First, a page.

Dual Wavelength Negative Imaging Digital Light Processing Stereo Lithographic Apparatus

Bryan Moran | 20-FS-042

Project Overview

This feasibility study's goal was to demonstrate Dual Wavelength Negative Imaging (DWNI), a new and undemonstrated type of polymeric stereolithographic-based three-dimensional (3D) printing that could significantly increase the resolution of micro-stereolithography. Lawrence Livermore National Laboratory's Center for Engineered Materials and Manufacturing (CEMM) is a leader in the field of micro-stereolithography. We are frequently asked to make parts with features smaller than the current state-of-the-art. DWNI has the potential to produce extremely small features, in fact even below the optical diffraction limit of light. In addition, an optically resolved dual wavelength system provides a direct path for multi-material manufacturing. DWNI provides improvements to micro-stereolithography that are both significant and subtle as it is fundamentally a new technique for additive manufacturing

Mission Impact

There are several ongoing projects that would immediately benefit from the ability to make finer features. These include supercapacitor and flow battery efforts, microstructures, target fabrication, biosystem reactors, and microfluidics. Indeed, most of the internal customers and external collaborators would immediately benefit from these improvements. A demonstrated significant improvement of feature resolution is immediately applicable to the entire community developing micro-stereolithographic apparatus (SLA). We have already been approached by colleagues from different fields including, bioprinting, microstructures, and multimaterials as they see immediate advantages with increased resolution and multi-material capability. As this is essentially a new micro 3D printing method, there are many potential applications. DWNI is a light engine and technique to improve the resolution of "any" projection SLA setup. If a system is diffraction-limited, then applying the DWNI technique should allow printing features less than the diffraction limit. This would be extremely novel and useful and would increase the prestige and reputation of the Laboratory in the field of additive manufacturing. This research advances Livermore's advanced materials and manufacturing core competency.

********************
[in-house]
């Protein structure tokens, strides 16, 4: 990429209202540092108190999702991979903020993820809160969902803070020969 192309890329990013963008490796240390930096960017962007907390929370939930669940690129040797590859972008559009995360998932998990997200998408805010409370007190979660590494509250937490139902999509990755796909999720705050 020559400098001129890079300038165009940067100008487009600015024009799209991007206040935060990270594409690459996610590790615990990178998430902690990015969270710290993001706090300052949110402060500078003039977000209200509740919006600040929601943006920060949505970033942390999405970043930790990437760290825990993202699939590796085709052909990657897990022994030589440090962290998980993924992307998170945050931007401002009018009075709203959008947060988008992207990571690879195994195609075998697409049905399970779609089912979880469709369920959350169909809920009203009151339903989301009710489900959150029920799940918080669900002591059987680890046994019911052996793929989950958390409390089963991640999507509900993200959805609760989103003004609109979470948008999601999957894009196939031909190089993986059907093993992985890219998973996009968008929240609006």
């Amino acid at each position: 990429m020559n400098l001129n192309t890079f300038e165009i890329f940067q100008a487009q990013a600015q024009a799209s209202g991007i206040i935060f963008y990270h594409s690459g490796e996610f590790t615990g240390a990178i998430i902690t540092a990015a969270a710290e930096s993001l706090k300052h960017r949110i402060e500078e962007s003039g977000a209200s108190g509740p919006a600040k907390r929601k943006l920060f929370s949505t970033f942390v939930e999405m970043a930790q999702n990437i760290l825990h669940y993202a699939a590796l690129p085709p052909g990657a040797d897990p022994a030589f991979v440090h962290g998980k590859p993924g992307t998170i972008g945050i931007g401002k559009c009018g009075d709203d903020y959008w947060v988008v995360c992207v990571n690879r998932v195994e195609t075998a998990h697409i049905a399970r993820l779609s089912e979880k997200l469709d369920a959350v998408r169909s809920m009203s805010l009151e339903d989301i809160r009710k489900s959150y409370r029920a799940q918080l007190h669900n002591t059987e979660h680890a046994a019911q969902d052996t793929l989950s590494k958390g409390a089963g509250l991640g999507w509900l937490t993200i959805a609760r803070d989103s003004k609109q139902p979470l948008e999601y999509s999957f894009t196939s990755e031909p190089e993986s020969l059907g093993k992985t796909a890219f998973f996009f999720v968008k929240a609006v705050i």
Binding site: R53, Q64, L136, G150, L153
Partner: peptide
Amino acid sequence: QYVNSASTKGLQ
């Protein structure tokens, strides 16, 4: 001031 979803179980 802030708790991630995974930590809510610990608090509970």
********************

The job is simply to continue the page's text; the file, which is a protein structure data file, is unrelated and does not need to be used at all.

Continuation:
Publications, Presentations, and Patents

U.S. Patent Application No. 16/020,529 Dual Wavelength Negative Imaging DLP-SLA System, filed 06/27/18.

Schwartz, J.J., Boydston, A.J. "Multimaterial actinic spatial control 3D and 4D printing." Nat Commun 10, 791 (2019). https://doi.org/10.1038/s41467-019-08639-7.